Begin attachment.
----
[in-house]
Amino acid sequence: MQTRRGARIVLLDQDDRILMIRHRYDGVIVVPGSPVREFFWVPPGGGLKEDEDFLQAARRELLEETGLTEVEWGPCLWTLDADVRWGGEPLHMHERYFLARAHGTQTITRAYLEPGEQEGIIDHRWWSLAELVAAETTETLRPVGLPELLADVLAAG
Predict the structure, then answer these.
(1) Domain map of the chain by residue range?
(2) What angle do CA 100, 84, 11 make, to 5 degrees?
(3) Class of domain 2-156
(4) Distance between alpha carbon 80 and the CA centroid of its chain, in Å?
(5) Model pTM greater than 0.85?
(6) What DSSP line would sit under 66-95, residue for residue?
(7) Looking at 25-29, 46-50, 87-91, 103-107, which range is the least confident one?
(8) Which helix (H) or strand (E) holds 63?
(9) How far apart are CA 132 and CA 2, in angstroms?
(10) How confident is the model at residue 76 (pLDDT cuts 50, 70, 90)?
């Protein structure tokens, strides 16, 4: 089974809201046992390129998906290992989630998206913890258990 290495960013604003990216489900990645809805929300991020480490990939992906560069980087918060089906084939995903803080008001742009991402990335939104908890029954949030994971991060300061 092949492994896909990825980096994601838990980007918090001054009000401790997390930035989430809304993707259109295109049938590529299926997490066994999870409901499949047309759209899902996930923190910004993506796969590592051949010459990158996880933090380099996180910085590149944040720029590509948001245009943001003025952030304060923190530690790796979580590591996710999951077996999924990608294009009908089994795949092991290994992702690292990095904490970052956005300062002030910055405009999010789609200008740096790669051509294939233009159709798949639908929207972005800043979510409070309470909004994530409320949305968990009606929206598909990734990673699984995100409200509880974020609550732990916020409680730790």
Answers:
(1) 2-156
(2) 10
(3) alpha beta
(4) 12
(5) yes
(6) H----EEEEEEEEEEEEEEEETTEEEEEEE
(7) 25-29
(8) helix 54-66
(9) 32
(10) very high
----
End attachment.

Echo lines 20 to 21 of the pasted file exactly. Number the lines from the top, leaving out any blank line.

(5) yes
(6) H----EEEEEEEEEEEEEEEETTEEEEEEE